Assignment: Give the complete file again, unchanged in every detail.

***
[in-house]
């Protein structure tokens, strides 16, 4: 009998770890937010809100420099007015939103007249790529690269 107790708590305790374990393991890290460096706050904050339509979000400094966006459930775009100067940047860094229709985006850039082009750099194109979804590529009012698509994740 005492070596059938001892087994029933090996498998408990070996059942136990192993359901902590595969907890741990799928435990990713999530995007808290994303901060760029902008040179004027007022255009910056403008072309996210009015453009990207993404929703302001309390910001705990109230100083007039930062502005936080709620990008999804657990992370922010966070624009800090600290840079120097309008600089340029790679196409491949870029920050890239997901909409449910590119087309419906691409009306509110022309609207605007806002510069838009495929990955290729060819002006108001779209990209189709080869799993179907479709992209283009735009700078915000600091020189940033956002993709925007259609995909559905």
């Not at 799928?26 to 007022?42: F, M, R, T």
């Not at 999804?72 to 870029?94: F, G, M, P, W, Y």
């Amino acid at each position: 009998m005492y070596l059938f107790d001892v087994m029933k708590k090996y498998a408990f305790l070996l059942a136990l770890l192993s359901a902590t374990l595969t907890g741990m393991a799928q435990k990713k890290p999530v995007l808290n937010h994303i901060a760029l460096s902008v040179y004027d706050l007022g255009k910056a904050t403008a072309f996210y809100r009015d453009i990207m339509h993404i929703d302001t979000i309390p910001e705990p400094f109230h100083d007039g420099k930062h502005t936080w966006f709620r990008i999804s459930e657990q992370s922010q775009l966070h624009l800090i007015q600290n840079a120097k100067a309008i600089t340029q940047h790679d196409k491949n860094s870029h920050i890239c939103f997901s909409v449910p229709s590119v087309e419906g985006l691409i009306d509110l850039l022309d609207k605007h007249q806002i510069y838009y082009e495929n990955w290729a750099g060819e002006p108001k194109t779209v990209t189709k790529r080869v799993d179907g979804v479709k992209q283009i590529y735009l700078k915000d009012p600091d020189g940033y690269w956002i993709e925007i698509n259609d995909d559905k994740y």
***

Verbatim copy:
[in-house]
């Protein structure tokens, strides 16, 4: 009998770890937010809100420099007015939103007249790529690269 107790708590305790374990393991890290460096706050904050339509979000400094966006459930775009100067940047860094229709985006850039082009750099194109979804590529009012698509994740 005492070596059938001892087994029933090996498998408990070996059942136990192993359901902590595969907890741990799928435990990713999530995007808290994303901060760029902008040179004027007022255009910056403008072309996210009015453009990207993404929703302001309390910001705990109230100083007039930062502005936080709620990008999804657990992370922010966070624009800090600290840079120097309008600089340029790679196409491949870029920050890239997901909409449910590119087309419906691409009306509110022309609207605007806002510069838009495929990955290729060819002006108001779209990209189709080869799993179907479709992209283009735009700078915000600091020189940033956002993709925007259609995909559905």
């Not at 799928?26 to 007022?42: F, M, R, T």
């Not at 999804?72 to 870029?94: F, G, M, P, W, Y």
């Amino acid at each position: 009998m005492y070596l059938f107790d001892v087994m029933k708590k090996y498998a408990f305790l070996l059942a136990l770890l192993s359901a902590t374990l595969t907890g741990m393991a799928q435990k990713k890290p999530v995007l808290n937010h994303i901060a760029l460096s902008v040179y004027d706050l007022g255009k910056a904050t403008a072309f996210y809100r009015d453009i990207m339509h993404i929703d302001t979000i309390p910001e705990p400094f109230h100083d007039g420099k930062h502005t936080w966006f709620r990008i999804s459930e657990q992370s922010q775009l966070h624009l800090i007015q600290n840079a120097k100067a309008i600089t340029q940047h790679d196409k491949n860094s870029h920050i890239c939103f997901s909409v449910p229709s590119v087309e419906g985006l691409i009306d509110l850039l022309d609207k605007h007249q806002i510069y838009y082009e495929n990955w290729a750099g060819e002006p108001k194109t779209v990209t189709k790529r080869v799993d179907g979804v479709k992209q283009i590529y735009l700078k915000d009012p600091d020189g940033y690269w956002i993709e925007i698509n259609d995909d559905k994740y």